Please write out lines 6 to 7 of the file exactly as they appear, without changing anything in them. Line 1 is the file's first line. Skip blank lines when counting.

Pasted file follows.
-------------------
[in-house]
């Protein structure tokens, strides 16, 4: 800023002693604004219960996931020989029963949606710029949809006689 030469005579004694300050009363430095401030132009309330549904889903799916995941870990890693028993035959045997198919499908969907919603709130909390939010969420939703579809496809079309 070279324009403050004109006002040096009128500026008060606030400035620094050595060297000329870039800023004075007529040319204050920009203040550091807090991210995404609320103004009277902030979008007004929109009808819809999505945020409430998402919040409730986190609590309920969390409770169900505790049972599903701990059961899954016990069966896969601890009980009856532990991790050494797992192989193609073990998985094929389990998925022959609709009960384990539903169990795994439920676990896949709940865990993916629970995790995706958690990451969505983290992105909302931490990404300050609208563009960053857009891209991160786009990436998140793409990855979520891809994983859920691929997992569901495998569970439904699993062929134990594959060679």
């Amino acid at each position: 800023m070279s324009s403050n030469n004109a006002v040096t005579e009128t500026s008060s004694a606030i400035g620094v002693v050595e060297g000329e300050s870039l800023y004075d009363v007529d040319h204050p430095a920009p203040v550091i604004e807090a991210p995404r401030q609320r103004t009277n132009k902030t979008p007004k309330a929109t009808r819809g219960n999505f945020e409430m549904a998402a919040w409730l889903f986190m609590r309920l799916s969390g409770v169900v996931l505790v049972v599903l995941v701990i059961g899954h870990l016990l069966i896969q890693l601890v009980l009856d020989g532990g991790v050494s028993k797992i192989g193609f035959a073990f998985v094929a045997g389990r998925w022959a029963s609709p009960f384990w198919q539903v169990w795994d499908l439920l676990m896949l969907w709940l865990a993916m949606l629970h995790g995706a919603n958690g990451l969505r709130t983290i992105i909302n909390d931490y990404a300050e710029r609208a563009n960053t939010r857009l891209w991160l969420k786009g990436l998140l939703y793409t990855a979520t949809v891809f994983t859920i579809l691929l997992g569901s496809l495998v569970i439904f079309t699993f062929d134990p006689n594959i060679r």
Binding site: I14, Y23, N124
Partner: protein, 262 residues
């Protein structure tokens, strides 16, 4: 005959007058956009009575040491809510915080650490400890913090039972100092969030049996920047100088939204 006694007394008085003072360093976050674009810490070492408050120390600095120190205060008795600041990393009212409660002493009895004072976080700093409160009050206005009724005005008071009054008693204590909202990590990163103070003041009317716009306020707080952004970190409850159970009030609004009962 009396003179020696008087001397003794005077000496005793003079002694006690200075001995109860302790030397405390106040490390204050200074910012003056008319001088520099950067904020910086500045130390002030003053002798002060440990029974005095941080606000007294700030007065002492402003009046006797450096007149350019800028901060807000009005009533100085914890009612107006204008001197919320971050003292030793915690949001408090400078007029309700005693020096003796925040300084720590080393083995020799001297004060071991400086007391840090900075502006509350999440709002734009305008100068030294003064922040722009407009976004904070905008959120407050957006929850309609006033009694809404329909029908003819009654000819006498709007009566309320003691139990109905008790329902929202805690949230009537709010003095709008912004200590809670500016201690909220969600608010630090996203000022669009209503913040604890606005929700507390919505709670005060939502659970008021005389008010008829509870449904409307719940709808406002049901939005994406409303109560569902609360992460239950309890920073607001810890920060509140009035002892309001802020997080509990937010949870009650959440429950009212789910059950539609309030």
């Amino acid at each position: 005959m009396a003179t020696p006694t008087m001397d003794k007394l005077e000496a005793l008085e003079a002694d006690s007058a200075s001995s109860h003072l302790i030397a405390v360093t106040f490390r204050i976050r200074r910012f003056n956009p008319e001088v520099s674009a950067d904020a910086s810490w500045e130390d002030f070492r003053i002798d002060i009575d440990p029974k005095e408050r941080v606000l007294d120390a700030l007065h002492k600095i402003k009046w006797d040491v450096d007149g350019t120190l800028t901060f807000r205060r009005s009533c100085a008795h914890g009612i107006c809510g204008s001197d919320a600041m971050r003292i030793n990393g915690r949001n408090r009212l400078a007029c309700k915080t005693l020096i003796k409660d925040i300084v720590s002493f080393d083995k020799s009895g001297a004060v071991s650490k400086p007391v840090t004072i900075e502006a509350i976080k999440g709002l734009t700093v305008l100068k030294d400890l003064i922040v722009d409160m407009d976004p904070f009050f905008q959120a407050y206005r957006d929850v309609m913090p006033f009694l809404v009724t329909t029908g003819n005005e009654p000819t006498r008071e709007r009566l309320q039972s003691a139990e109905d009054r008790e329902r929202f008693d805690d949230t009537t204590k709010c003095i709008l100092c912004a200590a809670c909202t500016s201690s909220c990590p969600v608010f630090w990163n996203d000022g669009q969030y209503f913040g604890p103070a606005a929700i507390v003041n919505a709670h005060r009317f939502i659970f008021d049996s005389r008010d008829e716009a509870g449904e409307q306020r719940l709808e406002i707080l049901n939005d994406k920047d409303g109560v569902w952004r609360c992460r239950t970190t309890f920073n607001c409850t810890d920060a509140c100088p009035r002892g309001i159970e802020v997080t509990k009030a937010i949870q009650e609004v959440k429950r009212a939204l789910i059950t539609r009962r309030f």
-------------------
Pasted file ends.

């Protein structure tokens, strides 16, 4: 005959007058956009009575040491809510915080650490400890913090039972100092969030049996920047100088939204 006694007394008085003072360093976050674009810490070492408050120390600095120190205060008795600041990393009212409660002493009895004072976080700093409160009050206005009724005005008071009054008693204590909202990590990163103070003041009317716009306020707080952004970190409850159970009030609004009962 009396003179020696008087001397003794005077000496005793003079002694006690200075001995109860302790030397405390106040490390204050200074910012003056008319001088520099950067904020910086500045130390002030003053002798002060440990029974005095941080606000007294700030007065002492402003009046006797450096007149350019800028901060807000009005009533100085914890009612107006204008001197919320971050003292030793915690949001408090400078007029309700005693020096003796925040300084720590080393083995020799001297004060071991400086007391840090900075502006509350999440709002734009305008100068030294003064922040722009407009976004904070905008959120407050957006929850309609006033009694809404329909029908003819009654000819006498709007009566309320003691139990109905008790329902929202805690949230009537709010003095709008912004200590809670500016201690909220969600608010630090996203000022669009209503913040604890606005929700507390919505709670005060939502659970008021005389008010008829509870449904409307719940709808406002049901939005994406409303109560569902609360992460239950309890920073607001810890920060509140009035002892309001802020997080509990937010949870009650959440429950009212789910059950539609309030």
């Amino acid at each position: 005959m009396a003179t020696p006694t008087m001397d003794k007394l005077e000496a005793l008085e003079a002694d006690s007058a200075s001995s109860h003072l302790i030397a405390v360093t106040f490390r204050i976050r200074r910012f003056n956009p008319e001088v520099s674009a950067d904020a910086s810490w500045e130390d002030f070492r003053i002798d002060i009575d440990p029974k005095e408050r941080v606000l007294d120390a700030l007065h002492k600095i402003k009046w006797d040491v450096d007149g350019t120190l800028t901060f807000r205060r009005s009533c100085a008795h914890g009612i107006c809510g204008s001197d919320a600041m971050r003292i030793n990393g915690r949001n408090r009212l400078a007029c309700k915080t005693l020096i003796k409660d925040i300084v720590s002493f080393d083995k020799s009895g001297a004060v071991s650490k400086p007391v840090t004072i900075e502006a509350i976080k999440g709002l734009t700093v305008l100068k030294d400890l003064i922040v722009d409160m407009d976004p904070f009050f905008q959120a407050y206005r957006d929850v309609m913090p006033f009694l809404v009724t329909t029908g003819n005005e009654p000819t006498r008071e709007r009566l309320q039972s003691a139990e109905d009054r008790e329902r929202f008693d805690d949230t009537t204590k709010c003095i709008l100092c912004a200590a809670c909202t500016s201690s909220c990590p969600v608010f630090w990163n996203d000022g669009q969030y209503f913040g604890p103070a606005a929700i507390v003041n919505a709670h005060r009317f939502i659970f008021d049996s005389r008010d008829e716009a509870g449904e409307q306020r719940l709808e406002i707080l049901n939005d994406k920047d409303g109560v569902w952004r609360c992460r239950t970190t309890f920073n607001c409850t810890d920060a509140c100088p009035r002892g309001i159970e802020v997080t509990k009030a937010i949870q009650e609004v959440k429950r009212a939204l789910i059950t539609r009962r309030f």